Female Sexuality During and Following Menopause

  • Diane S. Fordney


The most important finding about sexual expression in aging women is the appalling lack of study and information about it. For the 30 million people over the age of 60, approximately 85% of whom are women who will live to an average age of 70 years, such omission is another index of neglect (Strean, 1983). Wharton (1981) published an annotated bibliography on sex and aging covering slightly over 1100 references, which include public addresses, meeting presentations, book chapters, books, and foreign as well as English language articles. It is fair to estimate that only 25% of those references are to research studies — of all levels of quality — in sexuality. The majority of articles are on men only rather than women or paired male and female populations. My own literature search discovered less than 100 articles studying the sexuality of aging women, and many of those were simple restatements of other articles rather than original research studies. Nonetheless, mythologized statements about an older woman’s sexuality recur over and over. The best intentioned of these are statements that a woman has no obligatory loss in function with aging (Brown et al., 1978; Butler and Lewis, 1978; Diamond and Karlen, 1981; Mancini, 1983; Scheingold and Wagner, 1974; Simpson and McKinney, 1970). However, a deestrogenized woman will have definite anatomic and physiological changes that adversely affect her functioning sexually, and there are postmen-opausal changes that appear to be uncorrected by estrogen replacement (Diamond and Karlen, 1981; Marten, 1981; Masters and Johnson, 1966; Scheingold and Wagner, 1974). The worst myths are that when she develops dysfunction with increasing age the dysfunctions are almost always psychogenic and that a majority of older women have very little or no sexual interest. As to the former, there is absolutely no information about subtle decrements in a woman’s vascular, neurologic, metabolic, and endocrine function accompanying aging and disease processes in aging, and a global attribution to psychological ill health is both unfair and unwarranted. Certainly, for aging males (40 and over) the literature of the last 5 years would seem to attribute almost all erectile failure, the most significant male dysfunction, to an organic state. The reality probably rests somewhere between for both sexes. Statements concerning little or no desire in aging women blithely disregard prominent factors about women partnered with inactive men, the high disproportion in numbers of women to available men by age 55, and the social factors of poverty and deprivation these “excess” women endure. As in other areas of sexual interest, arousal, behavior, and function, it would seem that loss of sexual desire is more the result of other problems than a de facto cause.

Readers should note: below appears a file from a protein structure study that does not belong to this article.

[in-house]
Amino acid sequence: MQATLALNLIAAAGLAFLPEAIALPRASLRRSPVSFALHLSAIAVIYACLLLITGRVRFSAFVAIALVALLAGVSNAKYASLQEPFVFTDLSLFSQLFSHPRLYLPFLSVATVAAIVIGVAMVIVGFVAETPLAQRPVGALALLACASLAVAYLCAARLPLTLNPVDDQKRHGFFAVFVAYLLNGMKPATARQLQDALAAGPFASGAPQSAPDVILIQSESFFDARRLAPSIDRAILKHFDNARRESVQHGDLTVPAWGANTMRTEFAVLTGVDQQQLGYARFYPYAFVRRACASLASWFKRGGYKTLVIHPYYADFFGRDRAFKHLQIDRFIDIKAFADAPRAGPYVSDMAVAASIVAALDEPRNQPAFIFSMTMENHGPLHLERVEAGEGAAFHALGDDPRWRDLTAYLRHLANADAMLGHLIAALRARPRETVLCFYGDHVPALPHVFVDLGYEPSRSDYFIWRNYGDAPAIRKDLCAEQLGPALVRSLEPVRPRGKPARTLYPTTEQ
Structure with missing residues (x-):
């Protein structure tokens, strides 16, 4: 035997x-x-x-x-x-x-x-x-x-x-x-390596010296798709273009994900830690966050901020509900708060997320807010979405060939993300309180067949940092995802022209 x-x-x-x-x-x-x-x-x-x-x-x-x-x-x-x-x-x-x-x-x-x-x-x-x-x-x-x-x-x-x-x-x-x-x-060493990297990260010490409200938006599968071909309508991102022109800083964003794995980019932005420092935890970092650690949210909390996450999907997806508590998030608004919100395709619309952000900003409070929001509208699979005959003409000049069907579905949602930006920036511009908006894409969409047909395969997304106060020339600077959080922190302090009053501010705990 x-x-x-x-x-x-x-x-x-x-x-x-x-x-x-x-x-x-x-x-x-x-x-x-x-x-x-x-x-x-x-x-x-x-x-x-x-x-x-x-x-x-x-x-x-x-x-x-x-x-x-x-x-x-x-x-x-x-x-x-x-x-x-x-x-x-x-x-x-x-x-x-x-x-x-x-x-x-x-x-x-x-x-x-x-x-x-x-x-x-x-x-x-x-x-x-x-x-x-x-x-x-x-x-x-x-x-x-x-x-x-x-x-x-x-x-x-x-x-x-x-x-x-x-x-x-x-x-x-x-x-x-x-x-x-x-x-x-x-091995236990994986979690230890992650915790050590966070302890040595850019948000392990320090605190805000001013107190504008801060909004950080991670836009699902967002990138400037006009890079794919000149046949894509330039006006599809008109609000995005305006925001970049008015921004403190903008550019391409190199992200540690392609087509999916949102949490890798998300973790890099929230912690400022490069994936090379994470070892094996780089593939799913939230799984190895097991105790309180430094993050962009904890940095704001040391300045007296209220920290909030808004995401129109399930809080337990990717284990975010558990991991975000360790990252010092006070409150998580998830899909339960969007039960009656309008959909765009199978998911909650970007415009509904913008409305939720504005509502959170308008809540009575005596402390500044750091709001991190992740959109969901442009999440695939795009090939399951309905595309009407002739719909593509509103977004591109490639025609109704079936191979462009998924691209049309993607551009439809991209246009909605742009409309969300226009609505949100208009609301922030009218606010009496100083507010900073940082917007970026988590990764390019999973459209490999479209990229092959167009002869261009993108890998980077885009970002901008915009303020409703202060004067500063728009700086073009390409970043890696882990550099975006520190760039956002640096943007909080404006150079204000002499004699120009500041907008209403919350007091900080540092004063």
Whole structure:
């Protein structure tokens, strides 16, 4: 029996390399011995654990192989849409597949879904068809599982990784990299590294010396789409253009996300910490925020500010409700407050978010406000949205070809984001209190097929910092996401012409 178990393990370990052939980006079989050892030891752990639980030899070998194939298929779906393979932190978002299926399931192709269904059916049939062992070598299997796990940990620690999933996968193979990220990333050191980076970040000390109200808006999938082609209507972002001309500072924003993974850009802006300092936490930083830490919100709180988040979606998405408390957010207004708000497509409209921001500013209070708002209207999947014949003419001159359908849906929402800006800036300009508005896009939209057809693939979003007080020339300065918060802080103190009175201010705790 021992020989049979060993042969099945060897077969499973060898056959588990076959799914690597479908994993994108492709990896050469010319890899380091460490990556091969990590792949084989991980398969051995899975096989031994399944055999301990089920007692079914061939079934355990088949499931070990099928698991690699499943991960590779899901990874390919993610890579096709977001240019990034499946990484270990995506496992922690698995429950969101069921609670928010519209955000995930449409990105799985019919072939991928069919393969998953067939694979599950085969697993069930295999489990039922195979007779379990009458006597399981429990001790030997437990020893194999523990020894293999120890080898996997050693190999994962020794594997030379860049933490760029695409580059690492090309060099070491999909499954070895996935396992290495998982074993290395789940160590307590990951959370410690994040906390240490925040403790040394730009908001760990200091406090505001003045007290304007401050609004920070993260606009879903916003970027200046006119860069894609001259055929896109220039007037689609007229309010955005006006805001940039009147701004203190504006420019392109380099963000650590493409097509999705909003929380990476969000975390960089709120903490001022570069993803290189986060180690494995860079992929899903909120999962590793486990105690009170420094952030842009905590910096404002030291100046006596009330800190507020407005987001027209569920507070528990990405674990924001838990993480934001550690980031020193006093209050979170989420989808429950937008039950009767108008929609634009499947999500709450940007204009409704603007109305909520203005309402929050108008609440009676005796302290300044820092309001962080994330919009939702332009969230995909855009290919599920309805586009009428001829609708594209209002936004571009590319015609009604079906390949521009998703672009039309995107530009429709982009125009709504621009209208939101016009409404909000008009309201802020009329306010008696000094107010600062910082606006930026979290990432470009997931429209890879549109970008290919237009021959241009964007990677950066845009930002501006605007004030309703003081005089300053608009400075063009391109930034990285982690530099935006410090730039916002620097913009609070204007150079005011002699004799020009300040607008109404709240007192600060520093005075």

Sexual Behavior Sexual Activity Sexual Dysfunction Sexual Desire Sexual Arousal 
These keywords were added by machine and not by the authors. This process is experimental and the keywords may be updated as the learning algorithm improves.


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Copyright information

© Plenum Press, New York 1986

Authors and Affiliations

  • Diane S. Fordney
    • 1
  1. 1.Health Sciences Center, College of MedicineUniversity of ArizonaTucsonUSA

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